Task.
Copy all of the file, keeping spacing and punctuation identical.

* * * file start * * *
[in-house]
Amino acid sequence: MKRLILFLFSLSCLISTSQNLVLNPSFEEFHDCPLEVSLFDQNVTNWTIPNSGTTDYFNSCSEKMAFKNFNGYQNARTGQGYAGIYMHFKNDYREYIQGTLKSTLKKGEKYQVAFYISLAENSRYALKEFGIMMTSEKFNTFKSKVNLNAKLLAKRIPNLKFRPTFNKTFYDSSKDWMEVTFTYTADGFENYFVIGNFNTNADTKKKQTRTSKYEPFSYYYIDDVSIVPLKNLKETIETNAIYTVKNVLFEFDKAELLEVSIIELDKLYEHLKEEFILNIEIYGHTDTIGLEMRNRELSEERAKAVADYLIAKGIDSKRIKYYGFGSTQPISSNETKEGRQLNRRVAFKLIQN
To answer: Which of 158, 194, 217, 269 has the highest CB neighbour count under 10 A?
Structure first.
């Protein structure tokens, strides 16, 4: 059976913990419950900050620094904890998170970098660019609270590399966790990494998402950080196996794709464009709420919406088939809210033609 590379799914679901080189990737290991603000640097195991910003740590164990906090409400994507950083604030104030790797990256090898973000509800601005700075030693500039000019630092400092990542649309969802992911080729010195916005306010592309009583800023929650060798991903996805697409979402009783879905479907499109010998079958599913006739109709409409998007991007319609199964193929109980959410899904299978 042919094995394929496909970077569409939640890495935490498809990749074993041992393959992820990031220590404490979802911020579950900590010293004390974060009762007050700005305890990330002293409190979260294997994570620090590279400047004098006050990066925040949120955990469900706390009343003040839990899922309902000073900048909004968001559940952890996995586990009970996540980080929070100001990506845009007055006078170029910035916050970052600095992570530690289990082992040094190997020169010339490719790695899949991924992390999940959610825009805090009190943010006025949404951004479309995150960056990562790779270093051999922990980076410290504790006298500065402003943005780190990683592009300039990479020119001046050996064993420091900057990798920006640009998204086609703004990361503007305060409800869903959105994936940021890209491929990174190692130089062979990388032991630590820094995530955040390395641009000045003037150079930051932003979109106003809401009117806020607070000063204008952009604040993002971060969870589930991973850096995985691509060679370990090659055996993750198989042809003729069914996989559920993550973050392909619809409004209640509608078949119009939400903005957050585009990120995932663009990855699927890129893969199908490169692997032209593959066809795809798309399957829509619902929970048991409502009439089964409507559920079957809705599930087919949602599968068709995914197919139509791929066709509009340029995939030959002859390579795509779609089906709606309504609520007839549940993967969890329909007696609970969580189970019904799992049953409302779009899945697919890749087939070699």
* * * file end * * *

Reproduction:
[in-house]
Amino acid sequence: MKRLILFLFSLSCLISTSQNLVLNPSFEEFHDCPLEVSLFDQNVTNWTIPNSGTTDYFNSCSEKMAFKNFNGYQNARTGQGYAGIYMHFKNDYREYIQGTLKSTLKKGEKYQVAFYISLAENSRYALKEFGIMMTSEKFNTFKSKVNLNAKLLAKRIPNLKFRPTFNKTFYDSSKDWMEVTFTYTADGFENYFVIGNFNTNADTKKKQTRTSKYEPFSYYYIDDVSIVPLKNLKETIETNAIYTVKNVLFEFDKAELLEVSIIELDKLYEHLKEEFILNIEIYGHTDTIGLEMRNRELSEERAKAVADYLIAKGIDSKRIKYYGFGSTQPISSNETKEGRQLNRRVAFKLIQN
To answer: Which of 158, 194, 217, 269 has the highest CB neighbour count under 10 A?
Structure first.
């Protein structure tokens, strides 16, 4: 059976913990419950900050620094904890998170970098660019609270590399966790990494998402950080196996794709464009709420919406088939809210033609 590379799914679901080189990737290991603000640097195991910003740590164990906090409400994507950083604030104030790797990256090898973000509800601005700075030693500039000019630092400092990542649309969802992911080729010195916005306010592309009583800023929650060798991903996805697409979402009783879905479907499109010998079958599913006739109709409409998007991007319609199964193929109980959410899904299978 042919094995394929496909970077569409939640890495935490498809990749074993041992393959992820990031220590404490979802911020579950900590010293004390974060009762007050700005305890990330002293409190979260294997994570620090590279400047004098006050990066925040949120955990469900706390009343003040839990899922309902000073900048909004968001559940952890996995586990009970996540980080929070100001990506845009007055006078170029910035916050970052600095992570530690289990082992040094190997020169010339490719790695899949991924992390999940959610825009805090009190943010006025949404951004479309995150960056990562790779270093051999922990980076410290504790006298500065402003943005780190990683592009300039990479020119001046050996064993420091900057990798920006640009998204086609703004990361503007305060409800869903959105994936940021890209491929990174190692130089062979990388032991630590820094995530955040390395641009000045003037150079930051932003979109106003809401009117806020607070000063204008952009604040993002971060969870589930991973850096995985691509060679370990090659055996993750198989042809003729069914996989559920993550973050392909619809409004209640509608078949119009939400903005957050585009990120995932663009990855699927890129893969199908490169692997032209593959066809795809798309399957829509619902929970048991409502009439089964409507559920079957809705599930087919949602599968068709995914197919139509791929066709509009340029995939030959002859390579795509779609089906709606309504609520007839549940993967969890329909007696609970969580189970019904799992049953409302779009899945697919890749087939070699």